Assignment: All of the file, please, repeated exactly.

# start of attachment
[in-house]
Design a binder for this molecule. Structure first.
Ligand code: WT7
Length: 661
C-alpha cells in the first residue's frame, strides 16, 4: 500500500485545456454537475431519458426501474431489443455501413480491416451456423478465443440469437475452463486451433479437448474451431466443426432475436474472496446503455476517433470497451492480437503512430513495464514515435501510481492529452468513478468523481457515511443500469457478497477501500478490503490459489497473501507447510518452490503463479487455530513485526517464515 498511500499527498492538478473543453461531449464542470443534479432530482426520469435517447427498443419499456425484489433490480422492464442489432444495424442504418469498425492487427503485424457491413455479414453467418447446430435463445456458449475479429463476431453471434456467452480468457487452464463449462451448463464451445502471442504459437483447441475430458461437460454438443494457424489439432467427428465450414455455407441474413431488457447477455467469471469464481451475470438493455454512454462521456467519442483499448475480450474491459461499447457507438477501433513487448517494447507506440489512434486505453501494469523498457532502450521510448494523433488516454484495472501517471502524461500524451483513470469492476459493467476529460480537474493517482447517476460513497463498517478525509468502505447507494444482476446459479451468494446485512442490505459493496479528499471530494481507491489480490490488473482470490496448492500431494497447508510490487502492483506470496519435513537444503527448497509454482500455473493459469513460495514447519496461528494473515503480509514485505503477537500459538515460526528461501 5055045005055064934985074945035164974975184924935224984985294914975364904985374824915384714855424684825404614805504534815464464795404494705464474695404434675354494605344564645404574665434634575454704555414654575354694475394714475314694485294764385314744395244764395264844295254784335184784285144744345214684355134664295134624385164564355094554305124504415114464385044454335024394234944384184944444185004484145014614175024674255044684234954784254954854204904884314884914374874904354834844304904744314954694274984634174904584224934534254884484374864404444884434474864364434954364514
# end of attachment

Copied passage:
[in-house]
Design a binder for this molecule. Structure first.
Ligand code: WT7
Length: 661
C-alpha cells in the first residue's frame, strides 16, 4: 500500500485545456454537475431519458426501474431489443455501413480491416451456423478465443440469437475452463486451433479437448474451431466443426432475436474472496446503455476517433470497451492480437503512430513495464514515435501510481492529452468513478468523481457515511443500469457478497477501500478490503490459489497473501507447510518452490503463479487455530513485526517464515 498511500499527498492538478473543453461531449464542470443534479432530482426520469435517447427498443419499456425484489433490480422492464442489432444495424442504418469498425492487427503485424457491413455479414453467418447446430435463445456458449475479429463476431453471434456467452480468457487452464463449462451448463464451445502471442504459437483447441475430458461437460454438443494457424489439432467427428465450414455455407441474413431488457447477455467469471469464481451475470438493455454512454462521456467519442483499448475480450474491459461499447457507438477501433513487448517494447507506440489512434486505453501494469523498457532502450521510448494523433488516454484495472501517471502524461500524451483513470469492476459493467476529460480537474493517482447517476460513497463498517478525509468502505447507494444482476446459479451468494446485512442490505459493496479528499471530494481507491489480490490488473482470490496448492500431494497447508510490487502492483506470496519435513537444503527448497509454482500455473493459469513460495514447519496461528494473515503480509514485505503477537500459538515460526528461501 5055045005055064934985074945035164974975184924935224984985294914975364904985374824915384714855424684825404614805504534815464464795404494705464474695404434675354494605344564645404574665434634575454704555414654575354694475394714475314694485294764385314744395244764395264844295254784335184784285144744345214684355134664295134624385164564355094554305124504415114464385044454335024394234944384184944444185004484145014614175024674255044684234954784254954854204904884314884914374874904354834844304904744314954694274984634174904584224934534254884484374864404444884434474864364434954364514